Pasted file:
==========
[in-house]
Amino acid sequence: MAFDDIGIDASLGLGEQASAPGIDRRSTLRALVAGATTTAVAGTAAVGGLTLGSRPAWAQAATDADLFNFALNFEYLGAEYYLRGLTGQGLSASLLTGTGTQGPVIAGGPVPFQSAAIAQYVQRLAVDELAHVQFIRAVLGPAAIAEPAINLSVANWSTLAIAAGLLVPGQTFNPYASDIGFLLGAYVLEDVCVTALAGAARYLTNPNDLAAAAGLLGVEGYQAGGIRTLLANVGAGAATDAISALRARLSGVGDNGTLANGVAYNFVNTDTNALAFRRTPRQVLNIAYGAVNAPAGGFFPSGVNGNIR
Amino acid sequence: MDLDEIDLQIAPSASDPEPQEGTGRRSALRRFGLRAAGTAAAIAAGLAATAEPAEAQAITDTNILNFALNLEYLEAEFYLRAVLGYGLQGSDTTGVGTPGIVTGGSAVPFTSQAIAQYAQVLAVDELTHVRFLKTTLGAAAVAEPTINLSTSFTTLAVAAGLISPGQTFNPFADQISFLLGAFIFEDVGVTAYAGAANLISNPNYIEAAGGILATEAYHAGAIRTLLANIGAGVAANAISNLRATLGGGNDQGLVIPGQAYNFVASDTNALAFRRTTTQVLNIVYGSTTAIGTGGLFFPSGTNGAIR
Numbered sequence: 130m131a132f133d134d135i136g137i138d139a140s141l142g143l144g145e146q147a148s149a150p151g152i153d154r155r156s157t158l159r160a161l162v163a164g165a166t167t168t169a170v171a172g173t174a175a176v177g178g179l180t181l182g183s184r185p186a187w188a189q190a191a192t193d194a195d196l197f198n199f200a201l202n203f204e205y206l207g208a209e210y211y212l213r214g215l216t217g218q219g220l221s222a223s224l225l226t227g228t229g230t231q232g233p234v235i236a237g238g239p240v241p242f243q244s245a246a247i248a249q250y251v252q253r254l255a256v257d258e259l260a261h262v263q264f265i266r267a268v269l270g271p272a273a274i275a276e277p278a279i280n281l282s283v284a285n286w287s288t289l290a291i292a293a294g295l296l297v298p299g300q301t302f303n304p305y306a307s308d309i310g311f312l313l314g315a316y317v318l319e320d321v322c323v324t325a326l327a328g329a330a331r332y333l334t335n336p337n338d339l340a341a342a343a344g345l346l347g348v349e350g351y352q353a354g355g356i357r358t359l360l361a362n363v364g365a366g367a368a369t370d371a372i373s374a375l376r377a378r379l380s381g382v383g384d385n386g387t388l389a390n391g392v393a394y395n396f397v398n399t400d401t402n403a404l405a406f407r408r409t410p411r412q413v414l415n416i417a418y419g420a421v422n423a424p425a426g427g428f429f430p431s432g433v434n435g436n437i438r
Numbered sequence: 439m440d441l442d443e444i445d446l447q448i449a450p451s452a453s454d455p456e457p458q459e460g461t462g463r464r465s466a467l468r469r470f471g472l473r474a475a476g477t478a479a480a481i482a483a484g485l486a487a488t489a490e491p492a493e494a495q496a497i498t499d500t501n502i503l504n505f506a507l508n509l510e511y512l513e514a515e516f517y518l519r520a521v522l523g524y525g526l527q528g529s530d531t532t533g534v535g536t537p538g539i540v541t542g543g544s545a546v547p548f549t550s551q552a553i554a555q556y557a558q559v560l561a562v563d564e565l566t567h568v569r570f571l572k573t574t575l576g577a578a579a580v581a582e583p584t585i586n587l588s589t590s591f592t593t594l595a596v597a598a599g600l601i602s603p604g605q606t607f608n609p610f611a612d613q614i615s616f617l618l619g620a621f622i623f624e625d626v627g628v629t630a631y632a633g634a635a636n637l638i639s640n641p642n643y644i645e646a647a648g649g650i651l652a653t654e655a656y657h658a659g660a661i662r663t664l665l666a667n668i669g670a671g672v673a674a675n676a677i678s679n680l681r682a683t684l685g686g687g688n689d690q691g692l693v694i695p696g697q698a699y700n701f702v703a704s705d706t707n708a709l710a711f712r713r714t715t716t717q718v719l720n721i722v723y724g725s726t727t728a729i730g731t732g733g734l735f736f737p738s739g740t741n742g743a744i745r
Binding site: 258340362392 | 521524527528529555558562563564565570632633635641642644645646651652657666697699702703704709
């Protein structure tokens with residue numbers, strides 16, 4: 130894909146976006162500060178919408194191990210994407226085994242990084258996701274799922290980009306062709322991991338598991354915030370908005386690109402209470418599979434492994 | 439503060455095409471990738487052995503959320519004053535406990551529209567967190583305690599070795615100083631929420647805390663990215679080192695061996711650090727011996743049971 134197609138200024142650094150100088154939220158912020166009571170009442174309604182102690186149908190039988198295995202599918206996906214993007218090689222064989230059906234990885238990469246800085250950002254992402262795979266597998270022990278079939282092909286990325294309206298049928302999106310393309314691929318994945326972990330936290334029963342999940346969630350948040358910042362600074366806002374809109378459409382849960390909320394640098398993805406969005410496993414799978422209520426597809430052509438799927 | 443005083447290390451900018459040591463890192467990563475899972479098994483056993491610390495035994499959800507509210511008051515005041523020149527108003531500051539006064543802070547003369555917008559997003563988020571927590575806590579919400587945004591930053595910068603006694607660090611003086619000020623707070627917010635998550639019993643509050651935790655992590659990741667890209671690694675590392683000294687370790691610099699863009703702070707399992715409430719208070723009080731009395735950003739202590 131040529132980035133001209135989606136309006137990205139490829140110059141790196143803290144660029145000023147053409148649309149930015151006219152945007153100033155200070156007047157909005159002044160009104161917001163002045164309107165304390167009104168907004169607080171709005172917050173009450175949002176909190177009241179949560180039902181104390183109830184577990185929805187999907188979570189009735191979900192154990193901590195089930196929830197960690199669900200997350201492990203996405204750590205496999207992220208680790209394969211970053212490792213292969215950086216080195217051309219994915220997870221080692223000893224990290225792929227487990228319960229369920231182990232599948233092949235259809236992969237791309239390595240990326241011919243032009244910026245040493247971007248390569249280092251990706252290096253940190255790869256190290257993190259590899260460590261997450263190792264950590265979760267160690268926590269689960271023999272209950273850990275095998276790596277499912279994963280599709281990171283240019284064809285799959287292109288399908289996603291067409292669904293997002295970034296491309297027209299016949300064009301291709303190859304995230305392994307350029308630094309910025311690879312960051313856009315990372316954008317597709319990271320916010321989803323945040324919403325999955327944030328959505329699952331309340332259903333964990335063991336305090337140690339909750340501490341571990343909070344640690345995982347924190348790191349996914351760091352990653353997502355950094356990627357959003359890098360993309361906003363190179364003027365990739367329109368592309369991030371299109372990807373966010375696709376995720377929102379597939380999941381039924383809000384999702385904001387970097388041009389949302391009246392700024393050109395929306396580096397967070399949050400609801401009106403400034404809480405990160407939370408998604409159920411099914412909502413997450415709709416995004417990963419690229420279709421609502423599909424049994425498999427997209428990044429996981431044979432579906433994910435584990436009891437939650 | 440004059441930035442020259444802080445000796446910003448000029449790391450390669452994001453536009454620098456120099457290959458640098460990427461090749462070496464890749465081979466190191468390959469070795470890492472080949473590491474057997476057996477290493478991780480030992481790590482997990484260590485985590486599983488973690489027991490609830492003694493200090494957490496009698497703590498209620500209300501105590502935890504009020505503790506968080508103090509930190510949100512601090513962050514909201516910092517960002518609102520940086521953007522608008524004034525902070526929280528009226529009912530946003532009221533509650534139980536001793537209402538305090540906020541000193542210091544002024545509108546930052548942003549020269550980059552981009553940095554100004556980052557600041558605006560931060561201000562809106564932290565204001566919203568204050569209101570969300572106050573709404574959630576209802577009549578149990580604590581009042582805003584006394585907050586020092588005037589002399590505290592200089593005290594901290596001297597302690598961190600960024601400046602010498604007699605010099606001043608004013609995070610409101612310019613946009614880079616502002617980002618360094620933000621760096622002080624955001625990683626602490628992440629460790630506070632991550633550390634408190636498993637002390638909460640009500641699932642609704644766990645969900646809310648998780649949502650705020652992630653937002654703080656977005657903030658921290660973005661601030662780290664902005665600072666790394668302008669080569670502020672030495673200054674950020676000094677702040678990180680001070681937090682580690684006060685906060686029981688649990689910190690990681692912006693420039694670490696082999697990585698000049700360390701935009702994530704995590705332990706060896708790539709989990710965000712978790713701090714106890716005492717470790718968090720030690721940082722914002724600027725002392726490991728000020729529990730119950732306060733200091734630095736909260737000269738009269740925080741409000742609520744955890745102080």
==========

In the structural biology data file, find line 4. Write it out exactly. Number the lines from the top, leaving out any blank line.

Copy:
Numbered sequence: 130m131a132f133d134d135i136g137i138d139a140s141l142g143l144g145e146q147a148s149a150p151g152i153d154r155r156s157t158l159r160a161l162v163a164g165a166t167t168t169a170v171a172g173t174a175a176v177g178g179l180t181l182g183s184r185p186a187w188a189q190a191a192t193d194a195d196l197f198n199f200a201l202n203f204e205y206l207g208a209e210y211y212l213r214g215l216t217g218q219g220l221s222a223s224l225l226t227g228t229g230t231q232g233p234v235i236a237g238g239p240v241p242f243q244s245a246a247i248a249q250y251v252q253r254l255a256v257d258e259l260a261h262v263q264f265i266r267a268v269l270g271p272a273a274i275a276e277p278a279i280n281l282s283v284a285n286w287s288t289l290a291i292a293a294g295l296l297v298p299g300q301t302f303n304p305y306a307s308d309i310g311f312l313l314g315a316y317v318l319e320d321v322c323v324t325a326l327a328g329a330a331r332y333l334t335n336p337n338d339l340a341a342a343a344g345l346l347g348v349e350g351y352q353a354g355g356i357r358t359l360l361a362n363v364g365a366g367a368a369t370d371a372i373s374a375l376r377a378r379l380s381g382v383g384d385n386g387t388l389a390n391g392v393a394y395n396f397v398n399t400d401t402n403a404l405a406f407r408r409t410p411r412q413v414l415n416i417a418y419g420a421v422n423a424p425a426g427g428f429f430p431s432g433v434n435g436n437i438r